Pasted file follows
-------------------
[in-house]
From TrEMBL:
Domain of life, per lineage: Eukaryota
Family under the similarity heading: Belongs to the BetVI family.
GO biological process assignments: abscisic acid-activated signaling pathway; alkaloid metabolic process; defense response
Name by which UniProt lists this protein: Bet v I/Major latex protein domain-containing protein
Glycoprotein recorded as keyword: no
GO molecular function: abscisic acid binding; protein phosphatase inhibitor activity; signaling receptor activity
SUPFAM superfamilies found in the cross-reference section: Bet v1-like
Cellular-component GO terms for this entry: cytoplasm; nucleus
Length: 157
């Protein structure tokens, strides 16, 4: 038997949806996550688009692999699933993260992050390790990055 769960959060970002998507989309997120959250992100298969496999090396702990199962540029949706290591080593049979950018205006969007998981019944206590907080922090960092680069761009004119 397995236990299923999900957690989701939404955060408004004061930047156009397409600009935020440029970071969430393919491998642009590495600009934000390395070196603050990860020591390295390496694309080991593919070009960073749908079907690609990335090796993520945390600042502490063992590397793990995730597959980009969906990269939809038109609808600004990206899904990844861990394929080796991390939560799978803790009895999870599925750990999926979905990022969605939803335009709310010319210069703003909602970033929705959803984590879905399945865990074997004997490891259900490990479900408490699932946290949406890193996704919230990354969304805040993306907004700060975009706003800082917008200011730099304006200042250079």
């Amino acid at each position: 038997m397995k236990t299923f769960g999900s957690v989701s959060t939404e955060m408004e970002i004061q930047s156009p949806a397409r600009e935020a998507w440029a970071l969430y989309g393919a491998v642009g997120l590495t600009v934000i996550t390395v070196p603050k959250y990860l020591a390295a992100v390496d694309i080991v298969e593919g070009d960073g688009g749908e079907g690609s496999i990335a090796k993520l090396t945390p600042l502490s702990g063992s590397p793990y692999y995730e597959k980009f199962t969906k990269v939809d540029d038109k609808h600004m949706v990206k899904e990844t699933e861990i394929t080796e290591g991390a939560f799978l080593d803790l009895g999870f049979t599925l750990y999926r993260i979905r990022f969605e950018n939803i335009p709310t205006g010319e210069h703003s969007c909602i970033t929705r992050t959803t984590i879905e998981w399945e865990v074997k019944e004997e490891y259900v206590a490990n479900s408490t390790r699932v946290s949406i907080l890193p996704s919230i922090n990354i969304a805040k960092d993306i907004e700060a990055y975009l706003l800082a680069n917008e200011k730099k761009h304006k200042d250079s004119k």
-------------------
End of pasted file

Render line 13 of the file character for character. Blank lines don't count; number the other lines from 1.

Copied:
């Amino acid at each position: 038997m397995k236990t299923f769960g999900s957690v989701s959060t939404e955060m408004e970002i004061q930047s156009p949806a397409r600009e935020a998507w440029a970071l969430y989309g393919a491998v642009g997120l590495t600009v934000i996550t390395v070196p603050k959250y990860l020591a390295a992100v390496d694309i080991v298969e593919g070009d960073g688009g749908e079907g690609s496999i990335a090796k993520l090396t945390p600042l502490s702990g063992s590397p793990y692999y995730e597959k980009f199962t969906k990269v939809d540029d038109k609808h600004m949706v990206k899904e990844t699933e861990i394929t080796e290591g991390a939560f799978l080593d803790l009895g999870f049979t599925l750990y999926r993260i979905r990022f969605e950018n939803i335009p709310t205006g010319e210069h703003s969007c909602i970033t929705r992050t959803t984590i879905e998981w399945e865990v074997k019944e004997e490891y259900v206590a490990n479900s408490t390790r699932v946290s949406i907080l890193p996704s919230i922090n990354i969304a805040k960092d993306i907004e700060a990055y975009l706003l800082a680069n917008e200011k730099k761009h304006k200042d250079s004119k």